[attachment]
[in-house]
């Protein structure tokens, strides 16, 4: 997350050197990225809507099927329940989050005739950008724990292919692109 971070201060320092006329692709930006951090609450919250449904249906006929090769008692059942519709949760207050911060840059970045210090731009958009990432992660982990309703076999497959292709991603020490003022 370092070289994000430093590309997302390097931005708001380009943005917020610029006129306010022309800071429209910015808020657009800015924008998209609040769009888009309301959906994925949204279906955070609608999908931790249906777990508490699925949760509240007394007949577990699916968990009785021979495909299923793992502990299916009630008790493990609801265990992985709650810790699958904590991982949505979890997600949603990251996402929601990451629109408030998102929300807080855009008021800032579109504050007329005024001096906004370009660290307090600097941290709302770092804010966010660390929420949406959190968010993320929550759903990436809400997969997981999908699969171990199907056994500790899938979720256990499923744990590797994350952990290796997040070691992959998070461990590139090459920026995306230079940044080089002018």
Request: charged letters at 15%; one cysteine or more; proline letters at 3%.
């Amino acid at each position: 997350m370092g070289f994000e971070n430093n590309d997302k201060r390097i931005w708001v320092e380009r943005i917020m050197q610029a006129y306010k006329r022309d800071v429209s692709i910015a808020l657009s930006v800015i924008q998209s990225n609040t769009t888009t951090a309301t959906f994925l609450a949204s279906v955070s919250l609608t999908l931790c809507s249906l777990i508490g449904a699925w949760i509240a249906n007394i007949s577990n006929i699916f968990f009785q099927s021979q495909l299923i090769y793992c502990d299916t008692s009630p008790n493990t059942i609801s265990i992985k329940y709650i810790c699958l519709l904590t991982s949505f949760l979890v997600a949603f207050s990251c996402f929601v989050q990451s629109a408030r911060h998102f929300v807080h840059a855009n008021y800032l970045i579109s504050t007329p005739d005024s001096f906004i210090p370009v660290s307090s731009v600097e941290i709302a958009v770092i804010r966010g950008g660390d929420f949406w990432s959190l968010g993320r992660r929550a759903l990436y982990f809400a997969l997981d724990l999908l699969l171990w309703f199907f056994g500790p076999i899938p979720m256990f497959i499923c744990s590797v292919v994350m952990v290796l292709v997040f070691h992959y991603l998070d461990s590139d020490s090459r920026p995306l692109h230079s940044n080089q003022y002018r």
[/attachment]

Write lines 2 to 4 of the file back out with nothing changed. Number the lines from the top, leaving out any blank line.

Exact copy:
């Protein structure tokens, strides 16, 4: 997350050197990225809507099927329940989050005739950008724990292919692109 971070201060320092006329692709930006951090609450919250449904249906006929090769008692059942519709949760207050911060840059970045210090731009958009990432992660982990309703076999497959292709991603020490003022 370092070289994000430093590309997302390097931005708001380009943005917020610029006129306010022309800071429209910015808020657009800015924008998209609040769009888009309301959906994925949204279906955070609608999908931790249906777990508490699925949760509240007394007949577990699916968990009785021979495909299923793992502990299916009630008790493990609801265990992985709650810790699958904590991982949505979890997600949603990251996402929601990451629109408030998102929300807080855009008021800032579109504050007329005024001096906004370009660290307090600097941290709302770092804010966010660390929420949406959190968010993320929550759903990436809400997969997981999908699969171990199907056994500790899938979720256990499923744990590797994350952990290796997040070691992959998070461990590139090459920026995306230079940044080089002018």
Request: charged letters at 15%; one cysteine or more; proline letters at 3%.
């Amino acid at each position: 997350m370092g070289f994000e971070n430093n590309d997302k201060r390097i931005w708001v320092e380009r943005i917020m050197q610029a006129y306010k006329r022309d800071v429209s692709i910015a808020l657009s930006v800015i924008q998209s990225n609040t769009t888009t951090a309301t959906f994925l609450a949204s279906v955070s919250l609608t999908l931790c809507s249906l777990i508490g449904a699925w949760i509240a249906n007394i007949s577990n006929i699916f968990f009785q099927s021979q495909l299923i090769y793992c502990d299916t008692s009630p008790n493990t059942i609801s265990i992985k329940y709650i810790c699958l519709l904590t991982s949505f949760l979890v997600a949603f207050s990251c996402f929601v989050q990451s629109a408030r911060h998102f929300v807080h840059a855009n008021y800032l970045i579109s504050t007329p005739d005024s001096f906004i210090p370009v660290s307090s731009v600097e941290i709302a958009v770092i804010r966010g950008g660390d929420f949406w990432s959190l968010g993320r992660r929550a759903l990436y982990f809400a997969l997981d724990l999908l699969l171990w309703f199907f056994g500790p076999i899938p979720m256990f497959i499923c744990s590797v292919v994350m952990v290796l292709v997040f070691h992959y991603l998070d461990s590139d020490s090459r920026p995306l692109h230079s940044n080089q003022y002018r």